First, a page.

Lisa called to say she likes AVG and would like to continue using it, but for the 2nd time in about a year she has a virus. It's one of those viruses that try to sell an anti-virus program, and it also keeps AVG from running.
– All anti-virus programs will fail. They're about 95% effective because virus are created faster than the anti-virus programs are updated, so some viruses sneak by.
– The guys "suggest" (not necessarily recommend) using Microsoft Security Essentials. It's a free download and a good alternative to AVG.
– As a defense against infection, Glenn said, it's ok to open an email but don't click on any links it may contain — even if the email is from a friend.
– Do a proactive check of the plugins used by your browser. Viruses can get in thru outdated browser plugins. Do a google search on the word — PuginCheck.
<I found something at Mozilla. I wonder if this is what Paul was talking about>
<see also:
Mozilla expands plug-in check to other browsers>

< articles about Microsoft Security Essentials:
Microsoft Security Essentials: Free, so what's the catch?
Warning: Microsoft Security Essentials installer zaps Automatic Updates setting
Microsoft's Security Essentials scores 'very good' with independent tester>

<Test results comparing various anti-virus programs>

Paul went on to talk about indestructible cookies. See the above link. <What is a cookie>
Though cookies set in the browser are easy to clear, there are other places where they can be stored and where it's hard to get rid of them.
<E.g. you can learn about Flash (or zombie) cookies here.>

Michael called to say his 9-year-old computer lost the CD drive. He gets the error: "Window successfully loaded the device driver, however it cannot find the device. Code 41"
– Do a Google search for "code 41".
– Check the connectors to the drive.
Michael said further symptoms are when he puts a CD in it, the light blinks but it doesn't spin.
– So then it could be an electrical outage.
– It may be a bad CD drive.
– The age of the computer indicates he has a PATA drive (not a SATA) so be sure to get the right kind.
-SATA drives are getting to be hard to find and you may have to go to Ebay to get one.
– The 2 things you don't want to get as used: CD drives & laptop batteries.
– Get an external (USB) DVD burner instead of an internal CD drive.

Michael also broke the screen of his mp3 player. Though he's bought a new one, he still wondered how to go about fixing the old one.
– Go on Ebay and use the model number and the word "screen" as search terms to find a replacement.

Tim called. His daughter's computer got a virus and lost the wireless & Ethernet connections for just one of the user profiles.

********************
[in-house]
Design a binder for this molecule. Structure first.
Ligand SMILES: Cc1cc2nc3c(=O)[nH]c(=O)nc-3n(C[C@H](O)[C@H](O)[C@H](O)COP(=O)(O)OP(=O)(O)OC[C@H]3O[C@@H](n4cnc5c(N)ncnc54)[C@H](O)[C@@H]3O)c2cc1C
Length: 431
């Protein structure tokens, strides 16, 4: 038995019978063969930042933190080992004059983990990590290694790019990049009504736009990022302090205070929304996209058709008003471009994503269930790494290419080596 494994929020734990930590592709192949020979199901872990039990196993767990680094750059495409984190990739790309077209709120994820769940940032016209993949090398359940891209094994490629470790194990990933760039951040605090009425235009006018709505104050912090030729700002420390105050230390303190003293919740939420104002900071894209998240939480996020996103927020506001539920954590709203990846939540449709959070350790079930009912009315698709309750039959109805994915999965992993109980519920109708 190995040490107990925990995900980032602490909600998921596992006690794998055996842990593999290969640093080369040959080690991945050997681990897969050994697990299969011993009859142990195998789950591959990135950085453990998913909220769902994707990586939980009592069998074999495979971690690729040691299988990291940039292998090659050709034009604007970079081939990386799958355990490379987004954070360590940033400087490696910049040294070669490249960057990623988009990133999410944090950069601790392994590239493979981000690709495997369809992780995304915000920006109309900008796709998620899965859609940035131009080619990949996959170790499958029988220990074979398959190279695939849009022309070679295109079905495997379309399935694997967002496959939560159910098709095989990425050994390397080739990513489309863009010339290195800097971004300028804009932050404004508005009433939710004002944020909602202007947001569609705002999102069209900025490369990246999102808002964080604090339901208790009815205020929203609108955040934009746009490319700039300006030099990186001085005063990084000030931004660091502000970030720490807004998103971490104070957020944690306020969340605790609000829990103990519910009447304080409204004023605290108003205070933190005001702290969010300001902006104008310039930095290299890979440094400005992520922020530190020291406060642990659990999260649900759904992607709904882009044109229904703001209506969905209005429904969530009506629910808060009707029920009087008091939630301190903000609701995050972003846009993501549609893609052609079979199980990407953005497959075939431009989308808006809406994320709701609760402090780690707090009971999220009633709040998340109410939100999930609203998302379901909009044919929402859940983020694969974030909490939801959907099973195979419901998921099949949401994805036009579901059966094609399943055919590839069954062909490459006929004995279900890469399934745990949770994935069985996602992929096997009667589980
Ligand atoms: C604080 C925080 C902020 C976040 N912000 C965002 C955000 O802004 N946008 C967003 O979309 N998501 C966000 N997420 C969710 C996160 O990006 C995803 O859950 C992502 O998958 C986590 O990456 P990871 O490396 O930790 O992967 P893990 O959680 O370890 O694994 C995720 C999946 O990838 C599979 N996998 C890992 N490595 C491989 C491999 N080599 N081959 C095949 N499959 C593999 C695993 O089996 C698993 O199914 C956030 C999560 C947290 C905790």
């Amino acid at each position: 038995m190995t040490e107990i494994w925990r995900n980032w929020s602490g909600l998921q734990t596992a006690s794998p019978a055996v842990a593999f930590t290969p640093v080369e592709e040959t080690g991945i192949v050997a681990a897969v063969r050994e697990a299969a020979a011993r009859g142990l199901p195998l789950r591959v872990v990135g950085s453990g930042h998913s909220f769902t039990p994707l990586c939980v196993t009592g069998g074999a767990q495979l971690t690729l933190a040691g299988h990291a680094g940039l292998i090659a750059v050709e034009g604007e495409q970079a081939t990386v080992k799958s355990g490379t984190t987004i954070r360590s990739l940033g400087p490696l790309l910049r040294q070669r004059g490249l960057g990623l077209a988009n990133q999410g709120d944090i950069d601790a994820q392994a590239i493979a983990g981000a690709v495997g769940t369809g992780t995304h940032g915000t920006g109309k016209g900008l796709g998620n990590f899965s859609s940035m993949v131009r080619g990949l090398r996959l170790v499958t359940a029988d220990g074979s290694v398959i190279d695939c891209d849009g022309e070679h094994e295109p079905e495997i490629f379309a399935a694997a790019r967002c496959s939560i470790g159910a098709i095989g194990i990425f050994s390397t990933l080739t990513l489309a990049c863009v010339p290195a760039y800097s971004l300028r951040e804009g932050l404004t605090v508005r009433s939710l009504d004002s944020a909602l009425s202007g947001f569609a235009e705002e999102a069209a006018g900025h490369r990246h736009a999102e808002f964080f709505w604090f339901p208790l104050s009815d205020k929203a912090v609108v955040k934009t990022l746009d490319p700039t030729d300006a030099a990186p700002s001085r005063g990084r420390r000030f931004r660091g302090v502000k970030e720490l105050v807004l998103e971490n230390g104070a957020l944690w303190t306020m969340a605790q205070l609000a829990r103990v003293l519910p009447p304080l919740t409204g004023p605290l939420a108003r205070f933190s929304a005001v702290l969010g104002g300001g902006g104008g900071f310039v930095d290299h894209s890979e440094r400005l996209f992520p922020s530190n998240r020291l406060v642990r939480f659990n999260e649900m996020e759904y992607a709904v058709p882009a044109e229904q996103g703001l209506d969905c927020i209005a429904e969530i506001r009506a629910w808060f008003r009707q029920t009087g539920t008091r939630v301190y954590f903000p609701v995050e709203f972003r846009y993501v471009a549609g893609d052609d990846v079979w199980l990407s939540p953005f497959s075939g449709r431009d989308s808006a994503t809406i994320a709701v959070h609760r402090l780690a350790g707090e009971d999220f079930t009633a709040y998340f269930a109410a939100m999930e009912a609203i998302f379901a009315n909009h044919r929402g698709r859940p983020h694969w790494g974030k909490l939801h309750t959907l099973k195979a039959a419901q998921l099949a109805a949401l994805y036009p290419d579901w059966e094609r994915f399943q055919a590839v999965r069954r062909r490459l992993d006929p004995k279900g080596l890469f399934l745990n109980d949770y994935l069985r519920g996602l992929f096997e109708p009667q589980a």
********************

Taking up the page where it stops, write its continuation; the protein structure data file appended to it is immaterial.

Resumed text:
– Start it up in safe mode by holding down the F8 key while booting. You can then run AVG in safe mode. This also applies to the previous caller Lisa.
– After scanning with AVG, create another profile and bring the data over to it.
– Glenn suggested using MalwareBytes in addition to AVG.

Test results comparing various anti-virus programs

Paul went on to talk about running the Apple operating system on non-Apple hardware using Iboot (see the above link)
– It doesn't work with AMD processors, only Intel.
– It works only on certain machines and only with certain attached hardware (like video cards).
– Paul used it briefly with success.
– You first put it on a CD then boot from the CD. At that point it will ask for a disk of the genuine Apple OS. It doesn't crack the Apple OS but provides the interface between it and your hardware. It makes your hardware look like Apple's.
– Paul doesn't recommend using it in a business. You should start with an empty hard drive — if you use your Windows boot hard drive, you may lose everything. This is for experimenting only and "you didn't hear it from us"…

The disclaimer:
The views and opinions expressed on this show are those of just Glenn and I and are not necessarily those of KVMR's board of directors staff or anyone else.

Marilyn wrote in to ask if Microsoft Security Essentials & AVG can coexist.
– No. Uninstall AVG. Then install Essentials and go online to let it do its updates.

Gary called to say Avast is another good anti-virus program.
He also offered to give Michael (a previous caller) a CD burner.

Last Updated:9:35 PM 8/14/2014
(corrected typo: Marylin to Marilyn)